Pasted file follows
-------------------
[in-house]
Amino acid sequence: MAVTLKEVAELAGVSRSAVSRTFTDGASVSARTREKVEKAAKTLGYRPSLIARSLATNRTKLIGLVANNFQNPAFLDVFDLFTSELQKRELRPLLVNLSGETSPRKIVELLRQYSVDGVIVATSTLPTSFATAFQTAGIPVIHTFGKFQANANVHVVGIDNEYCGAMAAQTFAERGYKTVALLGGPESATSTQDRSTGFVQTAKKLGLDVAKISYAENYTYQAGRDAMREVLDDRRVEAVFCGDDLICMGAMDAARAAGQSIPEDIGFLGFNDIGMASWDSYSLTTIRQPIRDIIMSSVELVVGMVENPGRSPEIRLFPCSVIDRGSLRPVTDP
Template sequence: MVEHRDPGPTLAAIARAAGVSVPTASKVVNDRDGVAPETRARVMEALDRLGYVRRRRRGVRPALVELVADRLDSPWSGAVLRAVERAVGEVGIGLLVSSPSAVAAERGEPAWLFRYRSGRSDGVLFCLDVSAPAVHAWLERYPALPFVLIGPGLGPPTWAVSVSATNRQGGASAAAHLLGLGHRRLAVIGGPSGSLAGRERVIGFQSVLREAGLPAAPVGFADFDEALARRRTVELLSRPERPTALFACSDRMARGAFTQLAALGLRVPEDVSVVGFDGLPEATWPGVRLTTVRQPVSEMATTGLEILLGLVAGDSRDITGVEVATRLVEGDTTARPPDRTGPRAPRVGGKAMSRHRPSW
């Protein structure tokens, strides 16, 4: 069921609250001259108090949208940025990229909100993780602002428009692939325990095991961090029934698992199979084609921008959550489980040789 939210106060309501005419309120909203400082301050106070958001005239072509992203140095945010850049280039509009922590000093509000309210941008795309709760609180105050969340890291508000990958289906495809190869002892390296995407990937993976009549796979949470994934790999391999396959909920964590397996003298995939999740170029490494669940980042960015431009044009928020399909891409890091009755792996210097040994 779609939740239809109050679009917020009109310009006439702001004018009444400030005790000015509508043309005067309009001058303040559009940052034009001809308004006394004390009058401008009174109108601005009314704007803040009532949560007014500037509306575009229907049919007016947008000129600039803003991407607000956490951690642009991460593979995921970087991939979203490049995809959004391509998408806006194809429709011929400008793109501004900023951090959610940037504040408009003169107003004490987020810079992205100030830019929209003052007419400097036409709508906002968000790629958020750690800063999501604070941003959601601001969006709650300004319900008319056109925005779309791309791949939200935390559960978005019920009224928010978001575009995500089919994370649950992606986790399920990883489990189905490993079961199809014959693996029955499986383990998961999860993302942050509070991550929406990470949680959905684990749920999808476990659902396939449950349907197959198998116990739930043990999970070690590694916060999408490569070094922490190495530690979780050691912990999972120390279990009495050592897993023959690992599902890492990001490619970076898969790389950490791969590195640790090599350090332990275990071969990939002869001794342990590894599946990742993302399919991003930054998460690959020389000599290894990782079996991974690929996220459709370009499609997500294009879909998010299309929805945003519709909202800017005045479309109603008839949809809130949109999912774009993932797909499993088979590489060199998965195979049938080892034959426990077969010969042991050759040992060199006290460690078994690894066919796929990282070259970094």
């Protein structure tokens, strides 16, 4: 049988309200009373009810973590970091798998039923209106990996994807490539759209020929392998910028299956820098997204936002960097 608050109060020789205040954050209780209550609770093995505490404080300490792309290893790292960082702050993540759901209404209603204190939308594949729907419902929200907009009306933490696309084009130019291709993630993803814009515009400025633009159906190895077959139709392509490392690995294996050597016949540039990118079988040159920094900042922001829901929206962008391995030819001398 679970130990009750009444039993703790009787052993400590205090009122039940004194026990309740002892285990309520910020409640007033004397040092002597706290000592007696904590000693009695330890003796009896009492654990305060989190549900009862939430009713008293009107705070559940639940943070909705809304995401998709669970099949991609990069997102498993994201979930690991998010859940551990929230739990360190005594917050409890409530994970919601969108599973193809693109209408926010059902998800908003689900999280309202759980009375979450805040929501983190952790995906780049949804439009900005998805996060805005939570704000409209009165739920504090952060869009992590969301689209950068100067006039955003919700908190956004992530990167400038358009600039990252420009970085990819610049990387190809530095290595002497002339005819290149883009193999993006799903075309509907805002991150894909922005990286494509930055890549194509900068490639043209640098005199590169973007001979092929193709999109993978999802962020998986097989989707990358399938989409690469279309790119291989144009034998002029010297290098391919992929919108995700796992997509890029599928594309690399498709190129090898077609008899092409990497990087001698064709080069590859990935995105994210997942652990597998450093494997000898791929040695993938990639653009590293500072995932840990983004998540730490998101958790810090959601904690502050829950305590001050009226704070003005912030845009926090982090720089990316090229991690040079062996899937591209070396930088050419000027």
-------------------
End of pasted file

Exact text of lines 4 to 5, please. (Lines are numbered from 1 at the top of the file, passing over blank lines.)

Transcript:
């Protein structure tokens, strides 16, 4: 069921609250001259108090949208940025990229909100993780602002428009692939325990095991961090029934698992199979084609921008959550489980040789 939210106060309501005419309120909203400082301050106070958001005239072509992203140095945010850049280039509009922590000093509000309210941008795309709760609180105050969340890291508000990958289906495809190869002892390296995407990937993976009549796979949470994934790999391999396959909920964590397996003298995939999740170029490494669940980042960015431009044009928020399909891409890091009755792996210097040994 779609939740239809109050679009917020009109310009006439702001004018009444400030005790000015509508043309005067309009001058303040559009940052034009001809308004006394004390009058401008009174109108601005009314704007803040009532949560007014500037509306575009229907049919007016947008000129600039803003991407607000956490951690642009991460593979995921970087991939979203490049995809959004391509998408806006194809429709011929400008793109501004900023951090959610940037504040408009003169107003004490987020810079992205100030830019929209003052007419400097036409709508906002968000790629958020750690800063999501604070941003959601601001969006709650300004319900008319056109925005779309791309791949939200935390559960978005019920009224928010978001575009995500089919994370649950992606986790399920990883489990189905490993079961199809014959693996029955499986383990998961999860993302942050509070991550929406990470949680959905684990749920999808476990659902396939449950349907197959198998116990739930043990999970070690590694916060999408490569070094922490190495530690979780050691912990999972120390279990009495050592897993023959690992599902890492990001490619970076898969790389950490791969590195640790090599350090332990275990071969990939002869001794342990590894599946990742993302399919991003930054998460690959020389000599290894990782079996991974690929996220459709370009499609997500294009879909998010299309929805945003519709909202800017005045479309109603008839949809809130949109999912774009993932797909499993088979590489060199998965195979049938080892034959426990077969010969042991050759040992060199006290460690078994690894066919796929990282070259970094």
């Protein structure tokens, strides 16, 4: 049988309200009373009810973590970091798998039923209106990996994807490539759209020929392998910028299956820098997204936002960097 608050109060020789205040954050209780209550609770093995505490404080300490792309290893790292960082702050993540759901209404209603204190939308594949729907419902929200907009009306933490696309084009130019291709993630993803814009515009400025633009159906190895077959139709392509490392690995294996050597016949540039990118079988040159920094900042922001829901929206962008391995030819001398 679970130990009750009444039993703790009787052993400590205090009122039940004194026990309740002892285990309520910020409640007033004397040092002597706290000592007696904590000693009695330890003796009896009492654990305060989190549900009862939430009713008293009107705070559940639940943070909705809304995401998709669970099949991609990069997102498993994201979930690991998010859940551990929230739990360190005594917050409890409530994970919601969108599973193809693109209408926010059902998800908003689900999280309202759980009375979450805040929501983190952790995906780049949804439009900005998805996060805005939570704000409209009165739920504090952060869009992590969301689209950068100067006039955003919700908190956004992530990167400038358009600039990252420009970085990819610049990387190809530095290595002497002339005819290149883009193999993006799903075309509907805002991150894909922005990286494509930055890549194509900068490639043209640098005199590169973007001979092929193709999109993978999802962020998986097989989707990358399938989409690469279309790119291989144009034998002029010297290098391919992929919108995700796992997509890029599928594309690399498709190129090898077609008899092409990497990087001698064709080069590859990935995105994210997942652990597998450093494997000898791929040695993938990639653009590293500072995932840990983004998540730490998101958790810090959601904690502050829950305590001050009226704070003005912030845009926090982090720089990316090229991690040079062996899937591209070396930088050419000027």